X

Contact Kirk Rice

Kindly complete the form below to send an enquiry. Your message will be sent to one of our Accountants or Financial Planners who will respond to you within 24 hours.

X

Request Appointment

Please complete this form to request an initial appointment at our cost.

X

Kirk Rice Blog

Autumn Statement 2016: All Change For The Chancellor (our summary)Written on November 24, 2016 by Kirk Rice LLP

Autumn Statement 2016: All Change For The Chancellor (our summary)

The UK has experienced plenty of political upheaval this year with the EU referendum followed by a change of leadership. The Chancellor, Philip Hammond, delivered his first Autumn Statement on 23 November– which also turned out to be his last. His surprise announcement was that after two Budgets in 2017, from 2018 onwards we will have a Spring Statement and an Autumn Budget.

The Chancellor presented his Autumn Statement against a background of reduced growth forecasts and the ‘urgent’ need to tackle the long-term weaknesses of the UK economy. His declared ambition is to make UK ‘match-fit’ for Brexit.

The emphasis of the Chancellor’s speech was on increased infrastructure spending, a stop on further new welfare savings measures and an acceptance that government borrowing will be significantly higher than previously projected.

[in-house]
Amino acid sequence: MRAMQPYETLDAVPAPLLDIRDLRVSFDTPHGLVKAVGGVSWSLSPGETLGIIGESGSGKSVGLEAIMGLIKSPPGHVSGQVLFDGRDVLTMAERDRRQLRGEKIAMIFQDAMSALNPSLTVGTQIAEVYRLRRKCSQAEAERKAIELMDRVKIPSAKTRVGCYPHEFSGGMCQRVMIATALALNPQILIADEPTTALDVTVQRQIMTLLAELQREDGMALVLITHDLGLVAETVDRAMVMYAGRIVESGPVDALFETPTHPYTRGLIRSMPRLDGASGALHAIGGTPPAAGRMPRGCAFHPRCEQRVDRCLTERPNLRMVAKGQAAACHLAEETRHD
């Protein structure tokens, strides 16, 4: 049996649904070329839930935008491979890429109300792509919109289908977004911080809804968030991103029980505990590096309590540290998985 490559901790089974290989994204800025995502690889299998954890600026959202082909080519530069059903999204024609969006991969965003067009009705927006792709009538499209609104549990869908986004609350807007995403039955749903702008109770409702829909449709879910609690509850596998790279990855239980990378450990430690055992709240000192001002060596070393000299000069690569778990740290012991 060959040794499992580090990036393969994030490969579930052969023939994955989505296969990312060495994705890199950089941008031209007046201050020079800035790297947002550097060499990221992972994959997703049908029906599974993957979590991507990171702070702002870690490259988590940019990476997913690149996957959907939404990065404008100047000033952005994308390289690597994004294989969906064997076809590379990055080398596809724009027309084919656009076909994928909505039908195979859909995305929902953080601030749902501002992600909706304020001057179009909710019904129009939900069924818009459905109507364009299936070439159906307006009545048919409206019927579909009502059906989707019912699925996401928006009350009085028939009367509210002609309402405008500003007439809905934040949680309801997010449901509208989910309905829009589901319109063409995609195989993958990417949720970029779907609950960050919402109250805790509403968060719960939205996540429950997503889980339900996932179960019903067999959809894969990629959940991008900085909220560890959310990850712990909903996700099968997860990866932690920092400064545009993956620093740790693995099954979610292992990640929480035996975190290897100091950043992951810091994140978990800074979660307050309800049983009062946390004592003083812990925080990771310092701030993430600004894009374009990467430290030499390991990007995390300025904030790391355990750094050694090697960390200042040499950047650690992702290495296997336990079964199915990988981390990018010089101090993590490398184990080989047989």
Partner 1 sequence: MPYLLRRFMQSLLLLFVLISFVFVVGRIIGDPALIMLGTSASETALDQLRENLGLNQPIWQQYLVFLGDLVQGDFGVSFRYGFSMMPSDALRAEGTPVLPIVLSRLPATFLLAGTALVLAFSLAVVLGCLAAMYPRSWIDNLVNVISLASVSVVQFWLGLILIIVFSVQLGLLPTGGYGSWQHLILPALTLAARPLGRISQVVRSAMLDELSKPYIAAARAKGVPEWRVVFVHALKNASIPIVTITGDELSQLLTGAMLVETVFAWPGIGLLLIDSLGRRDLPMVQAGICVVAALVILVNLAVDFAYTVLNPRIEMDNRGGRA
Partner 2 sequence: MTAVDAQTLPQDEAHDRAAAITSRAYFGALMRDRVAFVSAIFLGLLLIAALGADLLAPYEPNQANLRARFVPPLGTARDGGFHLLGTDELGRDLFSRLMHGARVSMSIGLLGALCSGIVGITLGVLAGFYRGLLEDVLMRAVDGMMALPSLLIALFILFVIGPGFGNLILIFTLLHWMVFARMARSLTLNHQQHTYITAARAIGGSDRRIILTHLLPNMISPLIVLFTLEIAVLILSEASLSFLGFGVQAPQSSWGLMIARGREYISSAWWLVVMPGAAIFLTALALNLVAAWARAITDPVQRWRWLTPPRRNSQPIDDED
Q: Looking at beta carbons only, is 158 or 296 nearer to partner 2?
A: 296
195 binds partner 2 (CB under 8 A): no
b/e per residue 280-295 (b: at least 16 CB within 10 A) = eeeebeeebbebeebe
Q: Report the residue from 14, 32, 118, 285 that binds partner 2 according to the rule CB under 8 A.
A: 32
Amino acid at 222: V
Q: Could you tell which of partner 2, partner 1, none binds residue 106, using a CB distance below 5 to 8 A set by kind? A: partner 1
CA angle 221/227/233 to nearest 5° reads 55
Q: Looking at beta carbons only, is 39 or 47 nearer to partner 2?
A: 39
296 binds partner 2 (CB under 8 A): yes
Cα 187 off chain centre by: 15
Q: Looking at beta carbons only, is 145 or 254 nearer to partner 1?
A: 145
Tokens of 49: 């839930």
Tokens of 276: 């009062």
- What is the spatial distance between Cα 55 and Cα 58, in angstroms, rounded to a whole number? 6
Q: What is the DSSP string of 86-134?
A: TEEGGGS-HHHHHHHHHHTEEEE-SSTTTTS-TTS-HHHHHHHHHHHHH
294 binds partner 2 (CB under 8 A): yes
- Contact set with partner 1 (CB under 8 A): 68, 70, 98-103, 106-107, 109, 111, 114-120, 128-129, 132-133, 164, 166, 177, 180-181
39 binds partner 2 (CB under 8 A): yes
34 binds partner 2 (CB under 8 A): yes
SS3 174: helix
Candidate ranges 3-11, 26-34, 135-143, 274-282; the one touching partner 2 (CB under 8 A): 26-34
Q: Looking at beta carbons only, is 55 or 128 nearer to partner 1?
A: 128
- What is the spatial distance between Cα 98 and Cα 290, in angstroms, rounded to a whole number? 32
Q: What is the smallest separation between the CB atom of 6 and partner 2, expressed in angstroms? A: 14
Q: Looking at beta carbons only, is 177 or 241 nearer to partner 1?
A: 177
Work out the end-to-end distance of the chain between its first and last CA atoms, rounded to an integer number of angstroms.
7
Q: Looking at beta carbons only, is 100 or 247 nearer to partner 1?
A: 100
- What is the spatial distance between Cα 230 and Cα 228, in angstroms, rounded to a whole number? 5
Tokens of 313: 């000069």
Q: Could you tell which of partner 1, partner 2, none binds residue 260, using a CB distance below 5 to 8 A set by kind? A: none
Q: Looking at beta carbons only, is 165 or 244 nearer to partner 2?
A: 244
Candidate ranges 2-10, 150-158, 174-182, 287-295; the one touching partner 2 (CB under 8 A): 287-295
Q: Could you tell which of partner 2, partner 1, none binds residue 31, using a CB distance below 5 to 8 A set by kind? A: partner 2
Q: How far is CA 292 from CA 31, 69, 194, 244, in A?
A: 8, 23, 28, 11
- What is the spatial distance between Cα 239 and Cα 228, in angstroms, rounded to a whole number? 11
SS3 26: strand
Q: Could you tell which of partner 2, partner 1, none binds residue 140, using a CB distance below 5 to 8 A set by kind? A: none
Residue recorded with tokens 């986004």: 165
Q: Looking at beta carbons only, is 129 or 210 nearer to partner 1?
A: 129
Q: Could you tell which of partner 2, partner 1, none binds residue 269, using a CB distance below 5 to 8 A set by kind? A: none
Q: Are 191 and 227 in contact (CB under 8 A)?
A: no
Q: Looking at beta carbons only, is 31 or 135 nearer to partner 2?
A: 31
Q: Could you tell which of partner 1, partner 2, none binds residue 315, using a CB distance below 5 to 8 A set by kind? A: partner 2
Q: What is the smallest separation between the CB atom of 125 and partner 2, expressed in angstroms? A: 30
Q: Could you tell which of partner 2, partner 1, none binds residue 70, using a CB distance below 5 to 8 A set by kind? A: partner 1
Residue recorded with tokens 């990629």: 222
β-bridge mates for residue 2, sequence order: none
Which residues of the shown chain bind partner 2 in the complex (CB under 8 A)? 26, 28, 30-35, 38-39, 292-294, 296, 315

Non-tax provisions included a proposed ban – as in Scotland – on letting agents charging fees to renters, a continuing freeze on fuel duty, and a 30p an hour increase in the national living wage from April 2017 to £7.50.

On the tax front Mr Hammond announced the removal of tax and NIC advantages from salary sacrifice schemes (excluding pension contributions) and confirmation of the government’s commitment to reducing Corporation Tax to 17% by 2020. In a statement with little pensions news the Chancellor snuck in a reduction in the Money Purchase Annual Allowance (MPAA) from £10,000 to £4,000 from April 2017.

In a speech that ranged from welfare change to Insurance Premium Tax by way of saving Wentworth Woodhouse for the nation, (an historic stately home said to be the inspiration for Jane Austen’s Pemberley), Mr Hammond mixed in the serious challenges with some quirky touches. Perhaps he has started as he means to go on.

Download our 2016 Autumn Statement Summary

 Listen to the Podcast

Should you wish to discuss how this might affect you, please call Graham Jennings in our Ascot office on 01344 875000 or Hadley Baldock in our Putney office on 020 8789 8588 or email info@kirkrice.co.uk.

Please note: answers are given for general guidance only and specific advice should be taken before acting on any of the suggestions made. The information is based on current tax legislation which may change in future.

Comments